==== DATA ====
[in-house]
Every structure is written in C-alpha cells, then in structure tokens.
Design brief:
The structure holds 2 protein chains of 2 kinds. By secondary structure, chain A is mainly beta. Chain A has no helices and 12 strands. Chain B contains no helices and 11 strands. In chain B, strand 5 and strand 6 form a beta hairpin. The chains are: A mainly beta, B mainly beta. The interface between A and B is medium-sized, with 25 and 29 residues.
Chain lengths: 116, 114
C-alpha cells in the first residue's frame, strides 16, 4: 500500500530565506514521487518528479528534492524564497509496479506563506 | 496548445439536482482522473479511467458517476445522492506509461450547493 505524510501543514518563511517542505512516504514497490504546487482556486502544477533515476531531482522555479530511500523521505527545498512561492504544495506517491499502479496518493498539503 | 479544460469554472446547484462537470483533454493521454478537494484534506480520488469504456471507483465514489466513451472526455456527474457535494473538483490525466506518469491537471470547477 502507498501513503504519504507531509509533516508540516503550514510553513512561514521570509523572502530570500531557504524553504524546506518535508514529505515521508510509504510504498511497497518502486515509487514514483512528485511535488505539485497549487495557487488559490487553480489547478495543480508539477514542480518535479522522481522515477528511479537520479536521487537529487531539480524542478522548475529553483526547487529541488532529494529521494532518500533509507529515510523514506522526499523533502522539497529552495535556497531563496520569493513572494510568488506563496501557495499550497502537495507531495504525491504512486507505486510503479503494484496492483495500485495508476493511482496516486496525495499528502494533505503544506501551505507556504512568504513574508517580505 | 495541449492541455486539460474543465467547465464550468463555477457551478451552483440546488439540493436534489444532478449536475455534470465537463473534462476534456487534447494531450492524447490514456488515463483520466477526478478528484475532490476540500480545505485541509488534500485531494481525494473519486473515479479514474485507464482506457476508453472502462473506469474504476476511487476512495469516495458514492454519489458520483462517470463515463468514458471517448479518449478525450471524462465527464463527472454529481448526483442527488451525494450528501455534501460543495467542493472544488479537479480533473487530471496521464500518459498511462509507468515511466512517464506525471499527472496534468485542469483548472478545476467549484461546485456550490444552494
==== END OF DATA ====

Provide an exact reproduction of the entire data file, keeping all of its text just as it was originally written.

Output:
[in-house]
Every structure is written in C-alpha cells, then in structure tokens.
Design brief:
The structure holds 2 protein chains of 2 kinds. By secondary structure, chain A is mainly beta. Chain A has no helices and 12 strands. Chain B contains no helices and 11 strands. In chain B, strand 5 and strand 6 form a beta hairpin. The chains are: A mainly beta, B mainly beta. The interface between A and B is medium-sized, with 25 and 29 residues.
Chain lengths: 116, 114
C-alpha cells in the first residue's frame, strides 16, 4: 500500500530565506514521487518528479528534492524564497509496479506563506 | 496548445439536482482522473479511467458517476445522492506509461450547493 505524510501543514518563511517542505512516504514497490504546487482556486502544477533515476531531482522555479530511500523521505527545498512561492504544495506517491499502479496518493498539503 | 479544460469554472446547484462537470483533454493521454478537494484534506480520488469504456471507483465514489466513451472526455456527474457535494473538483490525466506518469491537471470547477 502507498501513503504519504507531509509533516508540516503550514510553513512561514521570509523572502530570500531557504524553504524546506518535508514529505515521508510509504510504498511497497518502486515509487514514483512528485511535488505539485497549487495557487488559490487553480489547478495543480508539477514542480518535479522522481522515477528511479537520479536521487537529487531539480524542478522548475529553483526547487529541488532529494529521494532518500533509507529515510523514506522526499523533502522539497529552495535556497531563496520569493513572494510568488506563496501557495499550497502537495507531495504525491504512486507505486510503479503494484496492483495500485495508476493511482496516486496525495499528502494533505503544506501551505507556504512568504513574508517580505 | 495541449492541455486539460474543465467547465464550468463555477457551478451552483440546488439540493436534489444532478449536475455534470465537463473534462476534456487534447494531450492524447490514456488515463483520466477526478478528484475532490476540500480545505485541509488534500485531494481525494473519486473515479479514474485507464482506457476508453472502462473506469474504476476511487476512495469516495458514492454519489458520483462517470463515463468514458471517448479518449478525450471524462465527464463527472454529481448526483442527488451525494450528501455534501460543495467542493472544488479537479480533473487530471496521464500518459498511462509507468515511466512517464506525471499527472496534468485542469483548472478545476467549484461546485456550490444552494